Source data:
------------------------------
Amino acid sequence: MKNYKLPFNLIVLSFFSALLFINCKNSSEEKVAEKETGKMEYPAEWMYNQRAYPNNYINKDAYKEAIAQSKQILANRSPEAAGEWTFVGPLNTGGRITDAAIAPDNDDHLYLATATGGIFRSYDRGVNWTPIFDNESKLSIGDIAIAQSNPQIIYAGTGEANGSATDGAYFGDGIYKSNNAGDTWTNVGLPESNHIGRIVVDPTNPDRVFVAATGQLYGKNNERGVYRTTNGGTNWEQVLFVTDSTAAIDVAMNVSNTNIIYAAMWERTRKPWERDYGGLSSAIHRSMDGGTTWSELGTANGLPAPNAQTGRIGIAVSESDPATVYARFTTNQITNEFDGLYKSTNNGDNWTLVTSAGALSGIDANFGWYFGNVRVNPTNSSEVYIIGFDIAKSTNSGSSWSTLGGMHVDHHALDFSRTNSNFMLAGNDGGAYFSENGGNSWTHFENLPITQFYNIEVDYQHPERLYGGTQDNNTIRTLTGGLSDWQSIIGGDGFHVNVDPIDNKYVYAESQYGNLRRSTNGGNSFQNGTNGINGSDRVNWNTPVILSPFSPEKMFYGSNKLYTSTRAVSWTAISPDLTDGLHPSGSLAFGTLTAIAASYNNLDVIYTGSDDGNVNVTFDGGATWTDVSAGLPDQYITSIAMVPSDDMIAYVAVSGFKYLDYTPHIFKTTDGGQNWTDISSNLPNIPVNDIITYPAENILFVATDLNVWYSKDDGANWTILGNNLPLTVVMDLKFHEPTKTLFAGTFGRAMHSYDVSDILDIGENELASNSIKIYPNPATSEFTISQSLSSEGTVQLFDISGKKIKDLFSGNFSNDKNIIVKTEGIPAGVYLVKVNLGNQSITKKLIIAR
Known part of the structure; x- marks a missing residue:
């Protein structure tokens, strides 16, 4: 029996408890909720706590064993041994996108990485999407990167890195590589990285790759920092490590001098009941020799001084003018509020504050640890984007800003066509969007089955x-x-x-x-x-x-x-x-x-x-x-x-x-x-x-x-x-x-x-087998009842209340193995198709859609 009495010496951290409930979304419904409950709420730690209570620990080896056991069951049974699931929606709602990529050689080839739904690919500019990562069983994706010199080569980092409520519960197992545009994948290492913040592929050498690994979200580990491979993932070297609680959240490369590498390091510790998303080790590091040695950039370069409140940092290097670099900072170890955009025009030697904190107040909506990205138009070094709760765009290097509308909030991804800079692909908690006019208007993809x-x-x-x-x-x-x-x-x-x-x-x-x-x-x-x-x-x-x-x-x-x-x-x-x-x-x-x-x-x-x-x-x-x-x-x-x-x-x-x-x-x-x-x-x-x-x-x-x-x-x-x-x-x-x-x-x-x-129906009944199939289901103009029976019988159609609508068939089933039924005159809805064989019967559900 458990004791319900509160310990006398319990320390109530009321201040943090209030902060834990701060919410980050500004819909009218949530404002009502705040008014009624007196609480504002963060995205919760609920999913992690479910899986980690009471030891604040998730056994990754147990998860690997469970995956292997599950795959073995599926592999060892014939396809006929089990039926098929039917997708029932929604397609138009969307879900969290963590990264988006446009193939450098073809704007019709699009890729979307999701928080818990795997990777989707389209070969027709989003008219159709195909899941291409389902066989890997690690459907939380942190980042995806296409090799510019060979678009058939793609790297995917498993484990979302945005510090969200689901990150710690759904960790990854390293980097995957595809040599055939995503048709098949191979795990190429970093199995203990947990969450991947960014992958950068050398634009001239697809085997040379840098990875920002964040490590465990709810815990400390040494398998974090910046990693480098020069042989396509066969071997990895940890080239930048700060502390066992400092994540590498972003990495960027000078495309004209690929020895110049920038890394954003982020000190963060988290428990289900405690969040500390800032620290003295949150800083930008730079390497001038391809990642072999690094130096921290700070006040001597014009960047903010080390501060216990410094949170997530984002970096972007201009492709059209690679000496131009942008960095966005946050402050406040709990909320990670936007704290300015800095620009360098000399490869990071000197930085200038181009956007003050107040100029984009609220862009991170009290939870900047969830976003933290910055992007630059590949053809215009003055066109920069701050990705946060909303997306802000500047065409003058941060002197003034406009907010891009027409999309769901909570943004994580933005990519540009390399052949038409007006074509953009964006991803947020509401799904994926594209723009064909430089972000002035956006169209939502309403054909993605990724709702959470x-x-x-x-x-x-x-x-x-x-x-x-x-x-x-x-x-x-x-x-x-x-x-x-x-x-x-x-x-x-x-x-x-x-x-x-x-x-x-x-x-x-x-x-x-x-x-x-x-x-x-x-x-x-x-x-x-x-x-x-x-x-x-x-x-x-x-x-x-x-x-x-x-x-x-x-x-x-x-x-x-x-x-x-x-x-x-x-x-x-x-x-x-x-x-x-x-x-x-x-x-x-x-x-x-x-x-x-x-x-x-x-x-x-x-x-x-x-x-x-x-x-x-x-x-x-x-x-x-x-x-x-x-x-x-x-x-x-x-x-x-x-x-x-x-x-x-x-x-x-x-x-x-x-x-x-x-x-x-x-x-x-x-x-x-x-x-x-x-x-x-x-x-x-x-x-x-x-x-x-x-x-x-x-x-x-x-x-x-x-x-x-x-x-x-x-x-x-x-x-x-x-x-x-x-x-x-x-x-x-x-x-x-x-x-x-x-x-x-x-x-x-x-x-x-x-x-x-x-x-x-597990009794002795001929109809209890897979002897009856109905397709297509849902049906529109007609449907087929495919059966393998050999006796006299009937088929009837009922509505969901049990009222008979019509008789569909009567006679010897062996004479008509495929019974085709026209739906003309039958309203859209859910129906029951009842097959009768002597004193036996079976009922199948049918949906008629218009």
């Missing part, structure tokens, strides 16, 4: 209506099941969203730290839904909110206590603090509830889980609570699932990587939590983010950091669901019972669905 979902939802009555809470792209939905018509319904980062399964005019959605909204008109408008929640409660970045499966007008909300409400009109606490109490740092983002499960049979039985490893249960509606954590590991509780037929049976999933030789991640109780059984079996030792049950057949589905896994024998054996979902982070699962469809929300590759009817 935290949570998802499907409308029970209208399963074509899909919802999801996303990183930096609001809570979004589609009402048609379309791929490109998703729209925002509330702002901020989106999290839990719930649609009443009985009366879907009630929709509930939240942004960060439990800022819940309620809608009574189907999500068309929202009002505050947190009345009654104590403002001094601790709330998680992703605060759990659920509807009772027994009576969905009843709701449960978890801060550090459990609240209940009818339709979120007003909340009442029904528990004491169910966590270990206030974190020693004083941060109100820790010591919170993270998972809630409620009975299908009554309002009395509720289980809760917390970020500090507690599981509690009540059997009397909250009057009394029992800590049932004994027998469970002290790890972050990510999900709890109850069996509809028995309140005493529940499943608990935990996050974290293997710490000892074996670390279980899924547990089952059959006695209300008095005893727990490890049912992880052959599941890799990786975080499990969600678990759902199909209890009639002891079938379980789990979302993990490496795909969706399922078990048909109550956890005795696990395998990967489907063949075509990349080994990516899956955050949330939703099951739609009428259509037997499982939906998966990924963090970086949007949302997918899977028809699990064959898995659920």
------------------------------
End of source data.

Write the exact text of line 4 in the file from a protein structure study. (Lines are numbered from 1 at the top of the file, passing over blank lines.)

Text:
């Missing part, structure tokens, strides 16, 4: 209506099941969203730290839904909110206590603090509830889980609570699932990587939590983010950091669901019972669905 979902939802009555809470792209939905018509319904980062399964005019959605909204008109408008929640409660970045499966007008909300409400009109606490109490740092983002499960049979039985490893249960509606954590590991509780037929049976999933030789991640109780059984079996030792049950057949589905896994024998054996979902982070699962469809929300590759009817 935290949570998802499907409308029970209208399963074509899909919802999801996303990183930096609001809570979004589609009402048609379309791929490109998703729209925002509330702002901020989106999290839990719930649609009443009985009366879907009630929709509930939240942004960060439990800022819940309620809608009574189907999500068309929202009002505050947190009345009654104590403002001094601790709330998680992703605060759990659920509807009772027994009576969905009843709701449960978890801060550090459990609240209940009818339709979120007003909340009442029904528990004491169910966590270990206030974190020693004083941060109100820790010591919170993270998972809630409620009975299908009554309002009395509720289980809760917390970020500090507690599981509690009540059997009397909250009057009394029992800590049932004994027998469970002290790890972050990510999900709890109850069996509809028995309140005493529940499943608990935990996050974290293997710490000892074996670390279980899924547990089952059959006695209300008095005893727990490890049912992880052959599941890799990786975080499990969600678990759902199909209890009639002891079938379980789990979302993990490496795909969706399922078990048909109550956890005795696990395998990967489907063949075509990349080994990516899956955050949330939703099951739609009428259509037997499982939906998966990924963090970086949007949302997918899977028809699990064959898995659920």